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best/classic versions of "What's New?"


cannonball-addict
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I'm sitting here at the office unable to get the Coltrane version of "What's New?" (The Gentle Side of John Coltrane) out of my head. Can anyone recommend some good versions - preferrably from vinyl since I'm sitting right next to an amazing vinyl collection. I should be asking this everyday about a new song but I didn't think of it til now.

Peace,

Matt

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Nate's Shelly Manne suggestion is a good one, if a bit offbeat. But why not check out the original?

Bob Haggart's tune featured the trumpet of 21-year-old Billy Butterfield with the Bob Crosby Orchestra on Decca with the original title of "I'm Free", title changed to match later lyrics. (Rec. NYC, Oct. 19, 1938).

It's on CD, GRP GRD-615 but I don't know whether you have it in your 'amazing vinyl collection'.

(You can't get it any longer, and it was only ever on vinyl, but I produced a lovely solo piano version by Dick Wellstood recorded "Live at Cafe des Copains" May 29, 1985 Unisson DDA 1003).

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There is a swinging version of What's New on the relatively-obscure-but-excellent Dexter side called A Day in Copenhagen. The front line features Dex with Dizzy Reece and Slide Hampton (who did all of the outstanding arrangements on this recording from 1969).

If you don't have this one I highly recommend seeking it out. :)

Edit: ....and another one I just thought of is on Jack Wilkins' You Can't Live Without It, a straight ahead date with the Brecker Bros.

Another very tasty session worth hearing.

Also, John Fedchock did a nice chart on it for Woody's band. Bone feature of course! :g

Edited by Free For All
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Here's a trivia question for you, gentlemen:

What's New is a tune where the bridge is the same as the "A" section, but up a fourth. Can anyone think of any other jazz tunes that share this characteristic?

Ascension? :lol:

:D

I was going to guess "Composition No. 123 for Solo Flute, Environment and Slide Projector"...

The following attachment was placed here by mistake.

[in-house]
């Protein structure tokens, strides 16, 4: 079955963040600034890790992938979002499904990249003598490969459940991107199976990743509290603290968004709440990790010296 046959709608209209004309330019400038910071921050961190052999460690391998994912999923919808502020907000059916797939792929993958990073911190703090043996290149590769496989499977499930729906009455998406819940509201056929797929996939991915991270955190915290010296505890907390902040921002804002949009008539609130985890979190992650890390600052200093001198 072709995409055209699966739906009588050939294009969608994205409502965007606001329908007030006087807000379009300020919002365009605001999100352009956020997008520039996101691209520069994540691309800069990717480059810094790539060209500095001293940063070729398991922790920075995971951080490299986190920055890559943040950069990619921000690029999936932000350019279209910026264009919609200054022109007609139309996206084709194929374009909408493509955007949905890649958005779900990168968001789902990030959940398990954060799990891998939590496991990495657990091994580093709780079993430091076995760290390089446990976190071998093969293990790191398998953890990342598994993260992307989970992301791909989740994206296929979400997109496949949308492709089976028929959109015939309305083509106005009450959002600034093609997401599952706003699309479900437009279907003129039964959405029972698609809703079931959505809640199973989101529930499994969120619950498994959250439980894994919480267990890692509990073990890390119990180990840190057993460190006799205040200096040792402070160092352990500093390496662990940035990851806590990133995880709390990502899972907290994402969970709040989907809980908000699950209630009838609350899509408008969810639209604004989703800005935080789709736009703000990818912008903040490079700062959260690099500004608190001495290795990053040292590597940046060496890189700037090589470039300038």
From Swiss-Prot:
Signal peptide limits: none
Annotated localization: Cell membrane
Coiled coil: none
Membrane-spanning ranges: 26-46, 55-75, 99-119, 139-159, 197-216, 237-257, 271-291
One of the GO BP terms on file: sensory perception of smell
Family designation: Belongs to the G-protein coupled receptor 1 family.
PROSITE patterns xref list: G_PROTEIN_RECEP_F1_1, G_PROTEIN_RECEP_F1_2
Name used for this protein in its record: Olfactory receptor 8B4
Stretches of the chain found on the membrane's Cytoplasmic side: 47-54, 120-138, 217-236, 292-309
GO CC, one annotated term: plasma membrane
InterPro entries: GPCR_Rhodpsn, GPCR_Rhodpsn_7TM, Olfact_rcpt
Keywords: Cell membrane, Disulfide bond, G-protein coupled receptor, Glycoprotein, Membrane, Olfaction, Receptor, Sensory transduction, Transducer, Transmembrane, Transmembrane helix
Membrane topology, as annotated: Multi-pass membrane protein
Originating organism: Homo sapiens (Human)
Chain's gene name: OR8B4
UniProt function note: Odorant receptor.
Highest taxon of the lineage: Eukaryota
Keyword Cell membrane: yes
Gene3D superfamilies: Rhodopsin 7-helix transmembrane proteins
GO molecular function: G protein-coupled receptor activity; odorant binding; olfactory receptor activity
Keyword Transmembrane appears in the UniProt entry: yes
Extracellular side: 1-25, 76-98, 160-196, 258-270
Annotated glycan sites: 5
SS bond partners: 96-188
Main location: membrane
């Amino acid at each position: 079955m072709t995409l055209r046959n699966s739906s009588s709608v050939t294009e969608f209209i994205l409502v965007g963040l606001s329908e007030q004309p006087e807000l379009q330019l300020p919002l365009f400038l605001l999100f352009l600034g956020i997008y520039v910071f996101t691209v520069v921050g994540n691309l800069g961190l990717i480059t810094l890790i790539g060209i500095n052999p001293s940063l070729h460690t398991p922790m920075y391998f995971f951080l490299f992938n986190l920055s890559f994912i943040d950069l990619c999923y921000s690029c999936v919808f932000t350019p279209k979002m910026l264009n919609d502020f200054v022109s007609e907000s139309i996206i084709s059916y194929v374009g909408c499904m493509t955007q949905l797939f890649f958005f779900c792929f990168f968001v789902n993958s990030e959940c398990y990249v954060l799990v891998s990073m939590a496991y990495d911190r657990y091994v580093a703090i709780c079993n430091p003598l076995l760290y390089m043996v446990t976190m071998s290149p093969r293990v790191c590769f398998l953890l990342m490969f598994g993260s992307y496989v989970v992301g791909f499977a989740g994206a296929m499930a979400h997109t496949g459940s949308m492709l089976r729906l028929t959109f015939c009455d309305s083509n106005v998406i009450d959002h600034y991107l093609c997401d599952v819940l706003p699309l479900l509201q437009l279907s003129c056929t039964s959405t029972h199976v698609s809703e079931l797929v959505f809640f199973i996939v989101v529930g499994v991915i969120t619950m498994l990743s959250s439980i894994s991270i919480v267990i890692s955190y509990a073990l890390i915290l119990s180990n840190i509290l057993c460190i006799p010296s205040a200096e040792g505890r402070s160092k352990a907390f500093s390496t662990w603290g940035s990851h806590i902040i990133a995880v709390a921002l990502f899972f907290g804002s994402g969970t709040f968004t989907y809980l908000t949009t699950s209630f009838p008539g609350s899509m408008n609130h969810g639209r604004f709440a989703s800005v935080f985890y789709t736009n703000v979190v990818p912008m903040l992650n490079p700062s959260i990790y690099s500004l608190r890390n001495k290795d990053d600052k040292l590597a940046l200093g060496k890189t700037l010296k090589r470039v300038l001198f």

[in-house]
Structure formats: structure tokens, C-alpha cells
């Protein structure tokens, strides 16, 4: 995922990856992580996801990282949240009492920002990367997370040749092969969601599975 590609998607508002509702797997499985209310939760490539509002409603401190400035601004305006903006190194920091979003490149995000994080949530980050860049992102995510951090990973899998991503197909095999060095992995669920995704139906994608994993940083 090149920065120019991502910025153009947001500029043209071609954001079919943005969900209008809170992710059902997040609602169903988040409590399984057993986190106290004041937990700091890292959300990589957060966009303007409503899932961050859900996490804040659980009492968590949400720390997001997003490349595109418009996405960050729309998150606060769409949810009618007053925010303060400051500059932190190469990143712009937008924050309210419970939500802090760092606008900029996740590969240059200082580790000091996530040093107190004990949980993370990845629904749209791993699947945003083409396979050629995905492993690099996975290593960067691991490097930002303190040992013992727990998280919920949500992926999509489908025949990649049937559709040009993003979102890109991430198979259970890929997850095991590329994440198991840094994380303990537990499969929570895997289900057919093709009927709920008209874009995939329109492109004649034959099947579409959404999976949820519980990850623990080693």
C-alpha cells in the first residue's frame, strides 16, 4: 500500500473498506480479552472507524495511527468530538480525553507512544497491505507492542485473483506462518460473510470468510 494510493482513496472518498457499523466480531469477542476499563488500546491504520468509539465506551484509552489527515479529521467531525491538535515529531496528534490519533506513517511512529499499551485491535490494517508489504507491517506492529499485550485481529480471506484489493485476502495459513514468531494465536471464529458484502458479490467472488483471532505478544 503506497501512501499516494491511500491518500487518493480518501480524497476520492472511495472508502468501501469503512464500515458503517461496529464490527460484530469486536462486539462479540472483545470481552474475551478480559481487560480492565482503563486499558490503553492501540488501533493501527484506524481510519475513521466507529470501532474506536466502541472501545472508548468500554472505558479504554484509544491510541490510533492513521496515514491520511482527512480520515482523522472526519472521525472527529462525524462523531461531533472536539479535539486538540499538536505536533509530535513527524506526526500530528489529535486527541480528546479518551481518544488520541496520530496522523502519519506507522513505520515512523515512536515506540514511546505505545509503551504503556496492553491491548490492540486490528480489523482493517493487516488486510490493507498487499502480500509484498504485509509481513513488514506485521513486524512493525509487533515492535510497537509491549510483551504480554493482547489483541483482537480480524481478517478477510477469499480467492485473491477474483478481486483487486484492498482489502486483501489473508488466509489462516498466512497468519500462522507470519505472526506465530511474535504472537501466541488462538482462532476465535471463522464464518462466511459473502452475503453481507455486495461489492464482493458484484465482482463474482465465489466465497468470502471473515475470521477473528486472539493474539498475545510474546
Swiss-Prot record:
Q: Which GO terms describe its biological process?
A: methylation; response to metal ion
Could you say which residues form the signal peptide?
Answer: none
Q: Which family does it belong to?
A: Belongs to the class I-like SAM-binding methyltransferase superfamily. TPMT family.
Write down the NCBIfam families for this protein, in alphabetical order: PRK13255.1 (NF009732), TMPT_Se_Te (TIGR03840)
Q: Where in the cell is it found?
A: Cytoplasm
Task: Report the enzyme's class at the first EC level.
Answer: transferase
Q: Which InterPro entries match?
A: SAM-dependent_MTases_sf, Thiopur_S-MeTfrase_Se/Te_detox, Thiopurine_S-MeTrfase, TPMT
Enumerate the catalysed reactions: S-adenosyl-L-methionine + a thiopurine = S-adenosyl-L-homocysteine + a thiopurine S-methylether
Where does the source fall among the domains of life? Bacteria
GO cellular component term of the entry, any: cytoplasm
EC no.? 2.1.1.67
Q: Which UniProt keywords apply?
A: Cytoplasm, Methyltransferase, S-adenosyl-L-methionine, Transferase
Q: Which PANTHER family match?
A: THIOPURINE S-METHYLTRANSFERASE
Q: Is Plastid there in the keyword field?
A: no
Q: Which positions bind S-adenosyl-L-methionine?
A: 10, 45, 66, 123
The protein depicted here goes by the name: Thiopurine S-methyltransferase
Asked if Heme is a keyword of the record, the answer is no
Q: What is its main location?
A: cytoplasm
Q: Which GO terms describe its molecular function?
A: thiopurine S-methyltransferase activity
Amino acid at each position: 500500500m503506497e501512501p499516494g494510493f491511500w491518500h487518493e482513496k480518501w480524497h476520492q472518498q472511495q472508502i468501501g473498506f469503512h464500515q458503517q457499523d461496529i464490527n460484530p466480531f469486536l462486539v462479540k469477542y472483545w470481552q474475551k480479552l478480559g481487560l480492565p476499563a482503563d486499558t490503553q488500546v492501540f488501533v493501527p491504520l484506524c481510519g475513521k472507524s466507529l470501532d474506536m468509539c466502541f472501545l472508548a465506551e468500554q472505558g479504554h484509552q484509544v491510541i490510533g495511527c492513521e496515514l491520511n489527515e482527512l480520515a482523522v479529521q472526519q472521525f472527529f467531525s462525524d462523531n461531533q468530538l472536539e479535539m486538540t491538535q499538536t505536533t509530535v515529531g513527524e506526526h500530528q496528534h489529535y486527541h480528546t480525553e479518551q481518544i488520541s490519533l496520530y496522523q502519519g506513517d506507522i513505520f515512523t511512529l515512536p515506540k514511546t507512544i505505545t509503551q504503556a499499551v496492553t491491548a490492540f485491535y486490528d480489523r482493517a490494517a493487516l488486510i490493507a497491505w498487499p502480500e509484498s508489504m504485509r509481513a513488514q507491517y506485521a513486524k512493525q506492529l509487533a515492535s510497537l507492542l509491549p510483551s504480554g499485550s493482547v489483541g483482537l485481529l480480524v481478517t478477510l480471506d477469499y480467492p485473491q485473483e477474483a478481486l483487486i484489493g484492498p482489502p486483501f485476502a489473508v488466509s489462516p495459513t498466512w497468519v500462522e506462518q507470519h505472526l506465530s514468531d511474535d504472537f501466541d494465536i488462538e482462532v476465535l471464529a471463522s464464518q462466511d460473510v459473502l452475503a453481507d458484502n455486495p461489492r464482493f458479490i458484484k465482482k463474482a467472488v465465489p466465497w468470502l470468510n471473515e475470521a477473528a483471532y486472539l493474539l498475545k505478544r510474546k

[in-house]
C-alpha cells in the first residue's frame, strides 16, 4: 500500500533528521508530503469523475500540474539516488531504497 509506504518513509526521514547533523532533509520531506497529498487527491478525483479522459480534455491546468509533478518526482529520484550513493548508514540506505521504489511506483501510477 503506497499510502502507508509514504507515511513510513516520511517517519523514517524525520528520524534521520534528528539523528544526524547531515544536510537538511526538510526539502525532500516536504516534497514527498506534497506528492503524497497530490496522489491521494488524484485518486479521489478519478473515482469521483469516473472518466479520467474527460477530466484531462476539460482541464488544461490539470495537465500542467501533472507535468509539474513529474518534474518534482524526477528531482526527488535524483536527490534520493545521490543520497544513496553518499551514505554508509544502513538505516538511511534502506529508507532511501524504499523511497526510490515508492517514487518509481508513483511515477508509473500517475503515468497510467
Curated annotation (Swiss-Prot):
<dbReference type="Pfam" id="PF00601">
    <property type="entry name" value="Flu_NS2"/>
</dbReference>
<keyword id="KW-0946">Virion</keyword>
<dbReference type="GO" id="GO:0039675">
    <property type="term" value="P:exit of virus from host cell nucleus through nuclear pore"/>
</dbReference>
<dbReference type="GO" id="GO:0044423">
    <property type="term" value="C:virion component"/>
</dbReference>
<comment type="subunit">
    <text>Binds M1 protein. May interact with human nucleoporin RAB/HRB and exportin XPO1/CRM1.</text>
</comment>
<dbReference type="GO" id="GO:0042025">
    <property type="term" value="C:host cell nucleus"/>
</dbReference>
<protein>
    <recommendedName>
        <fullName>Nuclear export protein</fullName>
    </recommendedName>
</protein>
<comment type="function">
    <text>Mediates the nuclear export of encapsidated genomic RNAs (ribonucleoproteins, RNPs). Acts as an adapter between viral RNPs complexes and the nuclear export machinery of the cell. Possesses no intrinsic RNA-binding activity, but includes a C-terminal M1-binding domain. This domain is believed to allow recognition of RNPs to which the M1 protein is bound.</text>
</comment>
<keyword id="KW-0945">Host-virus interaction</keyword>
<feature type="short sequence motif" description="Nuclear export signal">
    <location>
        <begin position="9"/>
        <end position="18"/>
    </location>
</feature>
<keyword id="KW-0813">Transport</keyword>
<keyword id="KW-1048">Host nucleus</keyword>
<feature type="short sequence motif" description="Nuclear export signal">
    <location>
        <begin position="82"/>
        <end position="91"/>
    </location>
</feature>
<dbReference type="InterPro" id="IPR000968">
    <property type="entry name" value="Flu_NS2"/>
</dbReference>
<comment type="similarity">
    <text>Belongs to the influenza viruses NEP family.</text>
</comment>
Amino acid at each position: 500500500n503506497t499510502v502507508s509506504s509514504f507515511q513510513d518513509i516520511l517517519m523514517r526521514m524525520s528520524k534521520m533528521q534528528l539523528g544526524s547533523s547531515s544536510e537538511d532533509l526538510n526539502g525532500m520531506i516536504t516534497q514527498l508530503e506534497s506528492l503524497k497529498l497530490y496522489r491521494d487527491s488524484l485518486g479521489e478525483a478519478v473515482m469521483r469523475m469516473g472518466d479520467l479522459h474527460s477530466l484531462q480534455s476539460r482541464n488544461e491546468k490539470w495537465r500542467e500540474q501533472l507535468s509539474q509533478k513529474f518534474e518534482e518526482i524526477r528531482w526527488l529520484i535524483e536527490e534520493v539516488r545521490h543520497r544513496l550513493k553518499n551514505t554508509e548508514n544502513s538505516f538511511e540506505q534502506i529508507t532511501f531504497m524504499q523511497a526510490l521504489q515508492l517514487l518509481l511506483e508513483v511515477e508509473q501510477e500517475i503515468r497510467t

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Here's a trivia question for you, gentlemen:

What's New is a tune where the bridge is the same as the "A" section, but up a fourth. Can anyone think of any other jazz tunes that share this characteristic?

... and, if memory serves, the theme songs to the TV shows "Dallas" and "The Waltons." :excited:

Edited by DukeCity
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The classic Billie Holiday version (with Barney Kessel on guitar and Benny Carter on alto) on Verve...

.. and even if I love the Jackie Mc Lean version of the tune on 'Swing, Swang, Swinging' I still prefer Jackie Mac's earlier version on the 'Makin' the Changes' album.

Also the Armstrong/Peterson version (Paul Secor already mentioned that one, of course!).

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The only two I can think of without having to think about it are Sinatra's on Only The Lonely & Chico Hamilton's from Chic Chic Chico.

The Sinatra is about as good as it gets, and the Chico thing is sublime, what with it being a quartet of Szabo, Stinson and, no, not Charles Lloyd, but Harold Land.

Plenty of other good versions, but those are the two for me.

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The two that spring to mind for me (or three now) are Konitz's version with Mehldau and Haden on Blue Note; cant't remember which disc it's on -- the first with the V shaped stripes on the cover I think.

Sinatra's off Only The Lonely --- harrowing

Louis and Ella on Verve.

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